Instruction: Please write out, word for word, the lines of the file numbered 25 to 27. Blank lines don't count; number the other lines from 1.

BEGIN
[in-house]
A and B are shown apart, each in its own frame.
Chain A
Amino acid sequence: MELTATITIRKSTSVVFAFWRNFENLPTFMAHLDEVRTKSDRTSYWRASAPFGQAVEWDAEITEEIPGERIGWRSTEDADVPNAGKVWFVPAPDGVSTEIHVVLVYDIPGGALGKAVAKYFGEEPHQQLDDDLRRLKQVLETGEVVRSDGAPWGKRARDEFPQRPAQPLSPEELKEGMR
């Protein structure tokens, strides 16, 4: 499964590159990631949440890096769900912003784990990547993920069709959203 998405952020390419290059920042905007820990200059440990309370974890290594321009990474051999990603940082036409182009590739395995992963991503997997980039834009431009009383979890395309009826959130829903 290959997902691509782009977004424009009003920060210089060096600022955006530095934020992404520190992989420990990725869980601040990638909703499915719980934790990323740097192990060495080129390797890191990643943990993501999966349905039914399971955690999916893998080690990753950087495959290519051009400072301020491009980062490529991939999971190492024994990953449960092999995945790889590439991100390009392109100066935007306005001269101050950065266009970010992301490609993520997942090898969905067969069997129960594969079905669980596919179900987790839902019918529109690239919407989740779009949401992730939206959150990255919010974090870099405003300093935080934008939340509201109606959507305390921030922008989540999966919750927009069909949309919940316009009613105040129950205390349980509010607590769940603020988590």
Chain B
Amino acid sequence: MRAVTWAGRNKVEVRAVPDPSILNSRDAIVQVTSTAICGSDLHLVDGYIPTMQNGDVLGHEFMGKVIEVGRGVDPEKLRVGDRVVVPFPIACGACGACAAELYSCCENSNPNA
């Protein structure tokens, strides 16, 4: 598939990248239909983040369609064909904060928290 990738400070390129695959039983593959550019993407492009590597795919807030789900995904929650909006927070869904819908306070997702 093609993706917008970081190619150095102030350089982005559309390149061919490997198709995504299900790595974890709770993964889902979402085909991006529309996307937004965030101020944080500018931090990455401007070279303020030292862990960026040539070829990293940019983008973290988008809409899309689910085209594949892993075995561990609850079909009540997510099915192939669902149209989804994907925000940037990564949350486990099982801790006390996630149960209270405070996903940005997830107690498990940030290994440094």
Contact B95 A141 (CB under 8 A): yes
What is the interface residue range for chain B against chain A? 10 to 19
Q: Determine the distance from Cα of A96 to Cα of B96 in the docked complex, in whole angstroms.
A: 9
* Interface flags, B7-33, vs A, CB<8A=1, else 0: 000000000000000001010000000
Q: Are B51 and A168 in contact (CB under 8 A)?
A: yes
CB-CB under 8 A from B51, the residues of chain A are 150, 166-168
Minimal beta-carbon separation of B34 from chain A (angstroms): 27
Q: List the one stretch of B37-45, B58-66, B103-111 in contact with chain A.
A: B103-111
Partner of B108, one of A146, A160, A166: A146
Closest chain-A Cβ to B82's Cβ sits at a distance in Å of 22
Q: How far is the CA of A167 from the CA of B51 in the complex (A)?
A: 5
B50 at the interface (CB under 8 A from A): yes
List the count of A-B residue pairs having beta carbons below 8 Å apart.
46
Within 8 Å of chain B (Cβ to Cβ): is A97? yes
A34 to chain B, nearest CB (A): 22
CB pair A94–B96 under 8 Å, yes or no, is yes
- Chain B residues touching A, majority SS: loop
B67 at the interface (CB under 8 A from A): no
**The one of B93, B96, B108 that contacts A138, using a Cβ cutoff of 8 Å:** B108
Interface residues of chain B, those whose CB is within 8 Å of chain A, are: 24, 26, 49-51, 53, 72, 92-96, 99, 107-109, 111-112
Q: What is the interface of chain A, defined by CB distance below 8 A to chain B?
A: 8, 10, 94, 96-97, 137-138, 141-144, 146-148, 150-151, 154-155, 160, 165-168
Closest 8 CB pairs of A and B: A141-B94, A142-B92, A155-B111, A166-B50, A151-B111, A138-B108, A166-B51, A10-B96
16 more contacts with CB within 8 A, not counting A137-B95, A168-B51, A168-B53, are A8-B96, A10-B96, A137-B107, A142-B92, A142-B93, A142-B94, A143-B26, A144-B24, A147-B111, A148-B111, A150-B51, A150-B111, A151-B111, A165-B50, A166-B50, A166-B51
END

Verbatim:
List the count of A-B residue pairs having beta carbons below 8 Å apart.
46
Within 8 Å of chain B (Cβ to Cβ): is A97? yes